Again, the microphone demos below were recorded when I sat at least 25 centimeters from the mic’s capsule. The QuadCast S recorded my voice just how it sounds, though I did decrease the gain knob completely when singing to prevent clipping. It’s not a hassle to move away from the microphone, unless you’re recording in an untreated room. In that instance, distance between you and the mic introduces more unwanted room resonances and background noise to the recording.
The QuadCast S records 48kHz/16-bit audio with its three 14mm condensers, which offers plenty of data for post-production. I was pleasantly surprised by the quality of each polar pickup pattern. Many microphones sound noticeably worse when using the omnidirectional setting relative to other recording patterns, but that isn’t the case with the QuadCast S. And while this mic is certainly not meant for recording instruments, I gave it a whirl with the acoustic guitar. Listen for yourself:
Hyper X QuadCast S cardioid polar pattern:
Hyper X QuadCast S bidirectional polar pattern:
Hyper X QuadCast S omnidirectional polar pattern:
Hyper X QuadCast S stereo polar pattern:
Hyper X QuadCast S singing sample:
Hyper X QuadCast S acoustic guitar sample:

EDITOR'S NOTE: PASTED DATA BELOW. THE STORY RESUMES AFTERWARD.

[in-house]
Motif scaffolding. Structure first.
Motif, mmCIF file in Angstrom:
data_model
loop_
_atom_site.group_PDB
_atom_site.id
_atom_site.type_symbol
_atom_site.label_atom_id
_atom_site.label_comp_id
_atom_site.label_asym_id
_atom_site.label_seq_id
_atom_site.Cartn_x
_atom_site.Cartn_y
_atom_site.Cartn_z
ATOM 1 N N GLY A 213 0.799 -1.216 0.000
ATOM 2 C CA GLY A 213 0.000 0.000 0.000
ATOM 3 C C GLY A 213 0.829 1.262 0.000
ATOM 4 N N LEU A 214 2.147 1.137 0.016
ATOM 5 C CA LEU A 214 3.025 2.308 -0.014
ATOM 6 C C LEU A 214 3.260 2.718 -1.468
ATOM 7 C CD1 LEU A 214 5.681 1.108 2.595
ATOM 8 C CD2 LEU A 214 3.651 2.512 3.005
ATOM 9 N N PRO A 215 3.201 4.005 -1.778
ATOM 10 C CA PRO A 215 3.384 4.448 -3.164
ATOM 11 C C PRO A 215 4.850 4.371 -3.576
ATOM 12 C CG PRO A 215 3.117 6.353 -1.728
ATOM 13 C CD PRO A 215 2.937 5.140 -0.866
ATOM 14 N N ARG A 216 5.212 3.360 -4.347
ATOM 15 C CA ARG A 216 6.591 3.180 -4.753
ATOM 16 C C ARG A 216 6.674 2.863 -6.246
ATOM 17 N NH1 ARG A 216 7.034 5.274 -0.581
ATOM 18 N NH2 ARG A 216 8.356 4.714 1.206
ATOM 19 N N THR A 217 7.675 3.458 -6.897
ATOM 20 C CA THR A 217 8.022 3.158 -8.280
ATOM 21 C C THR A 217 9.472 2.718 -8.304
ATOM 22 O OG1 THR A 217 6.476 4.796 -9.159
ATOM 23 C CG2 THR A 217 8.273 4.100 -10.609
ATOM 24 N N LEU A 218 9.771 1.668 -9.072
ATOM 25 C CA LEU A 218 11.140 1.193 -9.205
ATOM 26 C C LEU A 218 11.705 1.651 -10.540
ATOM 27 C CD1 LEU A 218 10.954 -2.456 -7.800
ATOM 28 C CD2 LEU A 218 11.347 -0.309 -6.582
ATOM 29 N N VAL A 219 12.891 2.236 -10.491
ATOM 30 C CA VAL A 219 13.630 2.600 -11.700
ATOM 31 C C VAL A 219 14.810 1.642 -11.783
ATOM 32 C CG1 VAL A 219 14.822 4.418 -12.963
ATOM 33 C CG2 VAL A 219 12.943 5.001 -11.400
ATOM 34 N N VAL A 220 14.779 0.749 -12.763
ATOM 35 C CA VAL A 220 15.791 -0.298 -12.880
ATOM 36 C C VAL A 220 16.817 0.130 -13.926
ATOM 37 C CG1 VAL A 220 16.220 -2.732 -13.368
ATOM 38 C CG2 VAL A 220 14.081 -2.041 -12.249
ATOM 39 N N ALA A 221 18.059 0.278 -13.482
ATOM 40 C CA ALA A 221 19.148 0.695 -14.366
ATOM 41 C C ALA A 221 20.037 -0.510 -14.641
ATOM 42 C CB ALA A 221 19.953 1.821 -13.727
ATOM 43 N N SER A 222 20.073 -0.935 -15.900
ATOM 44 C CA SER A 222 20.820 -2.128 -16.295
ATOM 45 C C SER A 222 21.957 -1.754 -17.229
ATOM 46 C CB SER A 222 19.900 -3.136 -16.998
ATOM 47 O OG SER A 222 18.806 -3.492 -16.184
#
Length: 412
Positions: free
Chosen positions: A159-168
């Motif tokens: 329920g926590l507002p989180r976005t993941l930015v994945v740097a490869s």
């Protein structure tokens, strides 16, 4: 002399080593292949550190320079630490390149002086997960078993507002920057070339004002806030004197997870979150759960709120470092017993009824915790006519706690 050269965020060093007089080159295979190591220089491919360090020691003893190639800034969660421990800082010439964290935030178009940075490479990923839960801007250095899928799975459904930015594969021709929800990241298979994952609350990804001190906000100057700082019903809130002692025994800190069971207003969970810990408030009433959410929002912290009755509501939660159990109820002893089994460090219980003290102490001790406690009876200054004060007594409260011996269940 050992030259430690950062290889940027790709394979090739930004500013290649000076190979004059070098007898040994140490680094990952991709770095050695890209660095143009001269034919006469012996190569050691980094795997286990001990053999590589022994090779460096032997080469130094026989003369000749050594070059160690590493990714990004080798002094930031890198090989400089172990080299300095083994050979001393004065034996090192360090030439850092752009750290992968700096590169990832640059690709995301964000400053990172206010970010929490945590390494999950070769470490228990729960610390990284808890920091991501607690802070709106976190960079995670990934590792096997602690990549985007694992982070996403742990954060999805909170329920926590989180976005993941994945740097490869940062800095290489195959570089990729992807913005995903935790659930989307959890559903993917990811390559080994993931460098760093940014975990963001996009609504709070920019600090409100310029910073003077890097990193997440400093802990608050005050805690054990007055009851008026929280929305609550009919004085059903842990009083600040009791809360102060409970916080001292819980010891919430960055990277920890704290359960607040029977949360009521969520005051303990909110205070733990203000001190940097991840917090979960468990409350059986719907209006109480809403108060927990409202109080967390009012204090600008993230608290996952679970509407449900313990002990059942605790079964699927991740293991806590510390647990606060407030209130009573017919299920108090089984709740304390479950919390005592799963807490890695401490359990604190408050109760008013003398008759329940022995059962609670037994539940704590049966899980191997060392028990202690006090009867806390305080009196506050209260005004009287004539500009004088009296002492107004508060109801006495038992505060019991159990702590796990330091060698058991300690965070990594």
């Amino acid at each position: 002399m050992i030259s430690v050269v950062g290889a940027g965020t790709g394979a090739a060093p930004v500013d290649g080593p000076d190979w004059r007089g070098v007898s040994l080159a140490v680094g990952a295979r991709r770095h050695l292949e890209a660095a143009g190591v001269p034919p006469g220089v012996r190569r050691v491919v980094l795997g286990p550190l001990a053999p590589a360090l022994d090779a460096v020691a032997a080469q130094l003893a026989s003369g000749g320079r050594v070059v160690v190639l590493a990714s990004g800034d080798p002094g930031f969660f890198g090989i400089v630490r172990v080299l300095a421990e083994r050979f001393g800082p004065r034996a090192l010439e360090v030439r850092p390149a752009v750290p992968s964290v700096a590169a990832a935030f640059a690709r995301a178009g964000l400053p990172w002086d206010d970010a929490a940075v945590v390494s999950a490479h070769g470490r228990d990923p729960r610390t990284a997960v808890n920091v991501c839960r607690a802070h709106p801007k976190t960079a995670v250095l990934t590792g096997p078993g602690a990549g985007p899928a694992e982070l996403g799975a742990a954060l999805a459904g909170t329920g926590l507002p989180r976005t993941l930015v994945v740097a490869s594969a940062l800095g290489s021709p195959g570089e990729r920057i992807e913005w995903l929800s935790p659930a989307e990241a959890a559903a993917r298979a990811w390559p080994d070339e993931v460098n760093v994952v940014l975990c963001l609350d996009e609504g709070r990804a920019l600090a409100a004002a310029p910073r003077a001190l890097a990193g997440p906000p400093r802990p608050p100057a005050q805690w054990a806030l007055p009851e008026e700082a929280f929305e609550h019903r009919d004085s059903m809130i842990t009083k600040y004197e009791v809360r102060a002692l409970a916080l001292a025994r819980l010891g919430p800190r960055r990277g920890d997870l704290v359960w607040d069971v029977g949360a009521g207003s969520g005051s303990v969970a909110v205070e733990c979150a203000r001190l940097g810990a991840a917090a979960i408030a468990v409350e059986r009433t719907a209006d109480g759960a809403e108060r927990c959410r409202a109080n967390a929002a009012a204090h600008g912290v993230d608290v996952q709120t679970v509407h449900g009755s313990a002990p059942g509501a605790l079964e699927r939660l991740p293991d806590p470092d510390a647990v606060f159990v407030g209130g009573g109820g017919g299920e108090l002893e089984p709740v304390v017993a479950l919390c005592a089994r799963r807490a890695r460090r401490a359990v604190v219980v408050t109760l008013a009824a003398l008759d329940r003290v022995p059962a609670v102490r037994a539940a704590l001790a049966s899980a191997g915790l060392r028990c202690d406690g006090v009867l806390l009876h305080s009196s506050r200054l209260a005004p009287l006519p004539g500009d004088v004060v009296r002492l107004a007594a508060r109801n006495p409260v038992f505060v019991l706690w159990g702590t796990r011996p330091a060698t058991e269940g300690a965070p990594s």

Should you buy the HyperX QuadCast S?
All in all, the HyperX QuadCast S is a very good microphone for gamers and podcasters alike, so long as you fancy the mic’s aesthetic. I wish its internal pop filter was more effective and the gain knob could be turned down more, but when the positioning is right, the sound quality is good. It may not be worth $250, because for this price point, you can get a studio-quality XLR microphone or the hybrid XLR/USB Shure MV7. However if you’re a streamer looking for a particular style, or if design is generally very important to you, this mic will serve you well.
What’s the difference between the HyperX QuadCast S and the HyperX QuadCast?
There aren’t many significant differences between the HyperX Quadcast S and its predecessor, the HyperX Quadcast, and the original model is more affordable. But there are some differences between the two models that may be determining factors for some shoppers.
The QuadCast S has a dynamic RGB color scheme whereas the QuadCast only glows red. The QuadCast S also supports Ngenuity, allowing you to customize its colors and adjust headphone volume levels whereas the older model isn’t compatible with this software. The QuadCast also plugs in via microUSB whereas the QuadCast S plugs in via USB-C. Lastly, the frequency responses of the two mics are a little different. The QuadCast S attenuates bass frequencies more than the QuadCast, and the QuadCast amplifies high frequencies more than the QuadCast S to make subtle noises (like mouth sounds) easier to hear.